KYIV -- Former Ukrainian President Petro Poroshenko has said his successor, Volodymyr Zelenskiy, did not cross any "red lines" in his recent talks with Russian President Vladimir Putin on resolving the conflict in eastern Ukraine.
In an interview with RFE/RL's Russian Service in Kyiv on December 11, Poroshenko said the December 9 meeting in Paris was neither "a step forward, nor two back."
The talks in the French capital, sponsored by France and Germany, lasted eight hours but did not produce a breakthrough.
In their first face-to-face meeting, Putin and Zelenskiy agreed to exchange prisoners and pledged to ensure a lasting cease-fire between Ukrainian troops and Russia-backed separatists in a conflict that has killed more than 13,000 people and devastated eastern Ukraine.
They made no progress, however, on thorny issues including a timeline for local elections in separatist-controlled areas in the east and control of the border in rebel-held regions.
Poroshenko said Zelenskiy had not compromised Ukraine's national interests and argued this was due in large part to actions by Ukraine's political opposition.
"I can state that it's already positive that no red lines were crossed. At the same time, I can confirm that the firm government position of our political forces and parliamentary partners in the opposition were delivered and heeded."
Poroshenko, leader of the European Solidarity party, told a Kyiv rally on December 8 that "we cannot make any concessions until the last sliver of Ukrainian land is free."
In his interview with RFE/RL, Poroshenko said time would tell whether the Paris summit between Zelenskiy and Putin had been a success. "A more objective assessment of the summit can be made in four months: We'll see first if the next summit takes place and when, and also what kind of work is done over the next four months."
Poroshenko, who lost in a landslide to Zelenskiy in the presidential election in April, said future summits should be held only to resolve thorny, substantive issues.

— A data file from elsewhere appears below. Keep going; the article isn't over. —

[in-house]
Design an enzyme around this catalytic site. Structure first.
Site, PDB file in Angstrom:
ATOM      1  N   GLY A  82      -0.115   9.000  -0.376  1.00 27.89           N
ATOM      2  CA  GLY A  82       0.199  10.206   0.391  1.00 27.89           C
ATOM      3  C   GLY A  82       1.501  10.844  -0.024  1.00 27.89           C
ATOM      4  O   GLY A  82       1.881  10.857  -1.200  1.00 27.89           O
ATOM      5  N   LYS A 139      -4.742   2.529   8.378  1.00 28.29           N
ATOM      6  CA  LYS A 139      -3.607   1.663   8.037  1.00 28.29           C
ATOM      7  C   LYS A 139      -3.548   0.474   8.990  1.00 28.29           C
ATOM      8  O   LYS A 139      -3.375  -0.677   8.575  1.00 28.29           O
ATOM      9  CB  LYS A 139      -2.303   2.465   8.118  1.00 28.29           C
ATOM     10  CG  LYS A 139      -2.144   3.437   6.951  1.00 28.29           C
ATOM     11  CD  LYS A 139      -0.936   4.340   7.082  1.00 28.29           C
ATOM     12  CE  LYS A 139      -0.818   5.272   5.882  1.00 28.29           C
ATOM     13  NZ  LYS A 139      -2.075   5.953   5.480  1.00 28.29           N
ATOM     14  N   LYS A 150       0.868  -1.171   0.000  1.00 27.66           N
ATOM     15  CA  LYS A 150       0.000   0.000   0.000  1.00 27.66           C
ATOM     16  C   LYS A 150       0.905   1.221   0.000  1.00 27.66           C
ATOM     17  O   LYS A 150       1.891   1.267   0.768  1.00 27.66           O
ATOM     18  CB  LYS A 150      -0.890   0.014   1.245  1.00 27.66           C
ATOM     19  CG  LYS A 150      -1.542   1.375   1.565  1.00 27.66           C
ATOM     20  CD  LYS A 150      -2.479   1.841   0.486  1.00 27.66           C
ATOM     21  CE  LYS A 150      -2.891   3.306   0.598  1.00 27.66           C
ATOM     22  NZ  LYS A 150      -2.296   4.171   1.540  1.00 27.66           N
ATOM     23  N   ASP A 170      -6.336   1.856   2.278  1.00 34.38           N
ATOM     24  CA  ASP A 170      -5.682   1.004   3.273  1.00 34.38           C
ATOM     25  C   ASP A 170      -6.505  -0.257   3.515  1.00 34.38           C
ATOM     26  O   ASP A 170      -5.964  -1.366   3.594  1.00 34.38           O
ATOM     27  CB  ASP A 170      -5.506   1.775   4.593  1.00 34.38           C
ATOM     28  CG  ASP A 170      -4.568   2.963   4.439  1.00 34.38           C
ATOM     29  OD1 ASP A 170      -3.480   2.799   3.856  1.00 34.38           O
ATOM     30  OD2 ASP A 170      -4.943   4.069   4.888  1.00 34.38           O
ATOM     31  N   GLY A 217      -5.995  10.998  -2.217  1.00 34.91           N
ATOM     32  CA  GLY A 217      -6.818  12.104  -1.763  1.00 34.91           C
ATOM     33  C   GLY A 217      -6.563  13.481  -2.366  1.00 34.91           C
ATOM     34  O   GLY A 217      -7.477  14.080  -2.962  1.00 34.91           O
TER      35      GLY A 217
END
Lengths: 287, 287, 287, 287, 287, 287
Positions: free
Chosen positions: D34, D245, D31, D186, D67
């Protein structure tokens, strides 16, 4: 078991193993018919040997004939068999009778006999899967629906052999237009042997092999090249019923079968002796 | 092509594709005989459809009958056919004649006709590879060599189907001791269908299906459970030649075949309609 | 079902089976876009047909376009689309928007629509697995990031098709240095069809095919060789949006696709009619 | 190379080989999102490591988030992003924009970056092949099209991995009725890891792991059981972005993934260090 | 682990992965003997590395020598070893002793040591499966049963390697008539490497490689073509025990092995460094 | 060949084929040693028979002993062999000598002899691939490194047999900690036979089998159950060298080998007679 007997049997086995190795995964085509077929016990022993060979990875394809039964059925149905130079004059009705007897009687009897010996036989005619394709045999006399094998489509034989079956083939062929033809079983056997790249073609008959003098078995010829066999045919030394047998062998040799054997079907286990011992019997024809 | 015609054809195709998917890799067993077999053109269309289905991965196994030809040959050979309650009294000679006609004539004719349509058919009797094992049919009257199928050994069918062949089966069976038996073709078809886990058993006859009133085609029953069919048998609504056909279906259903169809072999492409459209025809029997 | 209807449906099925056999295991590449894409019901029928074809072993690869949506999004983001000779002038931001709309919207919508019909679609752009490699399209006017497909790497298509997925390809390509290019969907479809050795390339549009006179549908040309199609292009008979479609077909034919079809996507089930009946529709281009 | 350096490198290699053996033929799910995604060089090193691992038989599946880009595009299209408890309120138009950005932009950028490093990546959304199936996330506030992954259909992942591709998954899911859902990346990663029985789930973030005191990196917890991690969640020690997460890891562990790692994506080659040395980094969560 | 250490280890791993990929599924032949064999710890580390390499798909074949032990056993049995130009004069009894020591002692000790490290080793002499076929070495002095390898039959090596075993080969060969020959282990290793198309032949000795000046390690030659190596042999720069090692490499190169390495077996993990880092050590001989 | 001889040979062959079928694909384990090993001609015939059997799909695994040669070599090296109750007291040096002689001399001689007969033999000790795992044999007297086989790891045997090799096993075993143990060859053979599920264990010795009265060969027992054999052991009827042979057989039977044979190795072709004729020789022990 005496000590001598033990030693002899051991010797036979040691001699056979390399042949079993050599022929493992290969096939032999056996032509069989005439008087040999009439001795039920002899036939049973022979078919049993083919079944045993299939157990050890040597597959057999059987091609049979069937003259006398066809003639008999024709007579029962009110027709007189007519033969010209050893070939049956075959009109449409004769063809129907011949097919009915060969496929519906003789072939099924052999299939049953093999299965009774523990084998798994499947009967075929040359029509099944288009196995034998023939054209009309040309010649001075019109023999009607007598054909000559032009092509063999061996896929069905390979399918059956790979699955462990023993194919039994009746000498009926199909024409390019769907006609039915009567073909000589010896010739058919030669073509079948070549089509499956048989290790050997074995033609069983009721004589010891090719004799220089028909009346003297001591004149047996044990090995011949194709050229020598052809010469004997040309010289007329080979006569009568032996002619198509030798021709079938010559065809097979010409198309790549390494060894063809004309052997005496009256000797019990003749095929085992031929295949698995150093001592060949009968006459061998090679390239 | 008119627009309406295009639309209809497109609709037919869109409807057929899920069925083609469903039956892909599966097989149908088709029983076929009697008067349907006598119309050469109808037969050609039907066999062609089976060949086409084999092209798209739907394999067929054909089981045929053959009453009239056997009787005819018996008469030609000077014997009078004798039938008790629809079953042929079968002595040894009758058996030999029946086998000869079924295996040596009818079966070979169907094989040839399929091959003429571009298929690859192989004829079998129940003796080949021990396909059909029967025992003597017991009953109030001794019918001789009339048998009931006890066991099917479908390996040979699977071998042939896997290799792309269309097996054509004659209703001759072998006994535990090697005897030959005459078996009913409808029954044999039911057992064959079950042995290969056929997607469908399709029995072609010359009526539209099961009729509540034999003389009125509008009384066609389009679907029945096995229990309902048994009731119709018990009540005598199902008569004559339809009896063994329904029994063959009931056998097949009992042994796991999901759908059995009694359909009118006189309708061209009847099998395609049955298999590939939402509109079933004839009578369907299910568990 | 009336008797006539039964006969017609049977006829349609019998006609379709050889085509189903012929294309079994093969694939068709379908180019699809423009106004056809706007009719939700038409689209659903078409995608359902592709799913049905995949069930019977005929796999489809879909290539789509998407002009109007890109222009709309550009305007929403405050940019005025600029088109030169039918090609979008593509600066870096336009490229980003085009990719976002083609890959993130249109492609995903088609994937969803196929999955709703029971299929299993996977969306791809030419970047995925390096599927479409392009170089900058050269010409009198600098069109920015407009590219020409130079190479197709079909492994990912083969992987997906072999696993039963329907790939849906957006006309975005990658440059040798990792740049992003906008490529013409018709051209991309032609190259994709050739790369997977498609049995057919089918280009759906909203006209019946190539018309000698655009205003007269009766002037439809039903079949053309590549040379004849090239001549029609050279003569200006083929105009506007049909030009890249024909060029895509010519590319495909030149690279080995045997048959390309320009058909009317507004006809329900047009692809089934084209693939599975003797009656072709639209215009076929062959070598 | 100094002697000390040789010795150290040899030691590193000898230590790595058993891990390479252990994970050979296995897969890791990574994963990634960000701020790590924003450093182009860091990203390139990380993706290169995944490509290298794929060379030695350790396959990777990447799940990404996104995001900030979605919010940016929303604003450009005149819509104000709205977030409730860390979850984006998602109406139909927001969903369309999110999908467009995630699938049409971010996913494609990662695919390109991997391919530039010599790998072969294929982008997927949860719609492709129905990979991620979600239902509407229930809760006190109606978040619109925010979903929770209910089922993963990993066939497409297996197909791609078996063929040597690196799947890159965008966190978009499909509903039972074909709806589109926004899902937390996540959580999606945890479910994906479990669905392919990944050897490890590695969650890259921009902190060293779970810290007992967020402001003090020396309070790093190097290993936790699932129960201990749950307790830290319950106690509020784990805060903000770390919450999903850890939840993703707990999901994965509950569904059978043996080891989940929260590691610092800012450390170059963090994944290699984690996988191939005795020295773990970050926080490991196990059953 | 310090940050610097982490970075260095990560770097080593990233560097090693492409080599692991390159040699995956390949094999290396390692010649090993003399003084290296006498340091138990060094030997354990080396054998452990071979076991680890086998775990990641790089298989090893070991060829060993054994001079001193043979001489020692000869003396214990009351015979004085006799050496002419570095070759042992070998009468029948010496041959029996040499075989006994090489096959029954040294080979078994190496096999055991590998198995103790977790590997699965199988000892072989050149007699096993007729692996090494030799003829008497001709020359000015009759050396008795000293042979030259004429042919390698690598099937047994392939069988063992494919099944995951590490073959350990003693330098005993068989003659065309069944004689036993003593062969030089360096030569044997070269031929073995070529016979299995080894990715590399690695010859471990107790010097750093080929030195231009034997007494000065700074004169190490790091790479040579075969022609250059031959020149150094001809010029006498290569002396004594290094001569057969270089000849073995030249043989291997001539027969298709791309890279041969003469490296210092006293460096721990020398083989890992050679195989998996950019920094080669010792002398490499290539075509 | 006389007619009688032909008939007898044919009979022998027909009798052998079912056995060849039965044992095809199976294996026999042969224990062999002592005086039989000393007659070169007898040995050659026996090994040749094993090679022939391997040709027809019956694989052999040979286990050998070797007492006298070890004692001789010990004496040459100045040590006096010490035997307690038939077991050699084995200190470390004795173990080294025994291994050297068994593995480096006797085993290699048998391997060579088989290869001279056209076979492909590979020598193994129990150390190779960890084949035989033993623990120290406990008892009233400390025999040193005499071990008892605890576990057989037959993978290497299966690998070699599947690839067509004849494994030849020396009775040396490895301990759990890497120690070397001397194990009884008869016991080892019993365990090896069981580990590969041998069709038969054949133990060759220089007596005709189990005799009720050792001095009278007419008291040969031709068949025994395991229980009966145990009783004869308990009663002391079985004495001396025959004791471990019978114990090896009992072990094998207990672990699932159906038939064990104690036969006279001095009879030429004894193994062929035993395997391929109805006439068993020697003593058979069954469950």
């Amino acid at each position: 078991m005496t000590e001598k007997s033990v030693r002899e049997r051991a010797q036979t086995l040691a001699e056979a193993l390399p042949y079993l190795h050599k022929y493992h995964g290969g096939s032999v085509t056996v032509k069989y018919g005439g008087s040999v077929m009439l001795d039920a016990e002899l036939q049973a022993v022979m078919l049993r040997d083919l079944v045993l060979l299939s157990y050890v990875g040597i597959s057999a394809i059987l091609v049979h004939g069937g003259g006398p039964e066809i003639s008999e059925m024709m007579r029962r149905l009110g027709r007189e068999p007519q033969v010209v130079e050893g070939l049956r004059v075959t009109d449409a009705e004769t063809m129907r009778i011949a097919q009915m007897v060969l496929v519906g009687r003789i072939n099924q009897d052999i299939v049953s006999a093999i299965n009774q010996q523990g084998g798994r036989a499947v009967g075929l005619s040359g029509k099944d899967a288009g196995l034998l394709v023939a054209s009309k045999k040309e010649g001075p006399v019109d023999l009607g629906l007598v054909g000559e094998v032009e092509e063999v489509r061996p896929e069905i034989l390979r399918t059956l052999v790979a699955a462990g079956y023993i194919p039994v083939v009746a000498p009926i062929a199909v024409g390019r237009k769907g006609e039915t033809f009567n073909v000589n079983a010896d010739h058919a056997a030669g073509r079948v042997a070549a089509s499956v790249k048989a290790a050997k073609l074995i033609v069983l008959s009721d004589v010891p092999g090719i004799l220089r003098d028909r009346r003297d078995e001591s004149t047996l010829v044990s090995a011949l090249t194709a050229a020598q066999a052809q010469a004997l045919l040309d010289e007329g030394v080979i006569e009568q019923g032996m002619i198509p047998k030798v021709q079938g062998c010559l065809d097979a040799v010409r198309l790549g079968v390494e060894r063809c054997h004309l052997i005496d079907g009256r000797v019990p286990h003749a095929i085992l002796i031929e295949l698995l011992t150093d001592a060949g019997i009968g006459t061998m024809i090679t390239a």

"If we need to hold summits just to exchange groups of prisoners, then, first, we already did that without a summit, and in sufficiently large numbers, and, secondly, Putin can unfortunately take new hostages any time," he said.
The Paris talks focused on the implementation of a 2015 peace agreement for eastern Ukraine that was signed in Minsk and brokered by France and Germany.
The Minsk agreement puts forth that Ukraine can regain control over the border with Russia in the separatist-held regions only after they are granted broad self-rule and hold local elections.
Ukraine's State Bureau of Investigations confirmed on December 10 that investigators had opened a probe into whether Poroshenko had committed treason by agreeing to the deal.
Poroshenko said the Minsk agreement was "justified," and blamed Russia's "absolutely unconstructive" position for the failure of its implementation.
"And that is precisely why we proposed that additionally peacekeepers be introduced, which should be fully agreed with the permanent members of the UN Security Council, besides Russia," Poroshenko said.
Poroshenko said in any future negotiations Ukraine's European, Euro-Atlantic orientation could not be questioned, nor its territorial integrity, including Crimea, which Russia forcibly annexed in March 2014.
The 54-year-old former Ukrainian president also ruled out any form of federalization for Ukraine, as Russia has been pushing.
"Ukraine is a united, single state and we will not allow it to be divided," he said.